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What do you call a person (not merely a young one) who seems to be easy to influence. Someone who others can have their own effect and impact on them in many aspects of their lives:

He is a very impressible person.

He is a very impressionable person.

He is a very susceptible person.

He is a very malleable person.

Based on above links' definitions, you'll see that they can indicate this message about someone, but which one can be used in common and everyday speech? (Of course what I am looking for in my own language is considered a formal word too, but most of the people would understand it even not well educated people.)

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    "impressionable" is the most natural-sounding one to my ear – D. Nelson Jan 25 '17 at 12:14
  • @A-friend :Do you mean to ask someone who gets easily influenced by others ? – EngFan Jan 25 '17 at 13:37
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To impress can mean either to delight someone with an achievement OR to press against something in order to apply or stamp a pattern.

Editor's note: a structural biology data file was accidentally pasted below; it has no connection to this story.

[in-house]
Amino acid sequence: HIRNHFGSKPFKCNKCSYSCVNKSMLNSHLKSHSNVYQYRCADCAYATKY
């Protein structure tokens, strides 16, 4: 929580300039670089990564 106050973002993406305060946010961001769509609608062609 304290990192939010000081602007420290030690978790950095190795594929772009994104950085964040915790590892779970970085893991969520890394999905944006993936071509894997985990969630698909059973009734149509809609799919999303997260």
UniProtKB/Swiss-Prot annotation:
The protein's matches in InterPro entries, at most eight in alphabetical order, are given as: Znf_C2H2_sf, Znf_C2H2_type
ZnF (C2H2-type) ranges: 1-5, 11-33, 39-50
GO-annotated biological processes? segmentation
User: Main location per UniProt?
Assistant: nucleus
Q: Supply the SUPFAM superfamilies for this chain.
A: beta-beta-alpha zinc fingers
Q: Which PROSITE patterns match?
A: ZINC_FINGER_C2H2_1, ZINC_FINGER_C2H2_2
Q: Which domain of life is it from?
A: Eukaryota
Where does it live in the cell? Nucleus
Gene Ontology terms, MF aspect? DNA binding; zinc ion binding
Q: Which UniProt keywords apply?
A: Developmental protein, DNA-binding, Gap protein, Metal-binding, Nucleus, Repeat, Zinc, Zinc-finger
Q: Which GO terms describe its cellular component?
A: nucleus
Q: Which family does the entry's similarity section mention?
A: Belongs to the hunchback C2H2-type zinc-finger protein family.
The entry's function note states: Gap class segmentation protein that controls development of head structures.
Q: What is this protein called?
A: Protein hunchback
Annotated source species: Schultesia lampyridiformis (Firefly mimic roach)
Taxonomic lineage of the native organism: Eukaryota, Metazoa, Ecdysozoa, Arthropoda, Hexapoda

Impression can mean either an instance where someone was delighted OR an instance where a pattern was stamped on something. When impression is used with a persion, the first meaning will be assumed. Impressible doesn't strongly have such a "default" assumption without context, so it will probably sound weird. The phrase easy to impress or impressionable should be used instead.

Susceptible is synomymous with weak against and doesn't mean the same as impress unless you say "He is very susceptible to being impressed.*

Malleable is a term applied to objects, particularly metal objects, meaning they can easily be physically bent and changed into different forms. You can use this figuratively if the context supports it, but a physical method of being "bent" will likely be assumed unless you specify otherwise. E.g. "His impression of others was easily malleable."

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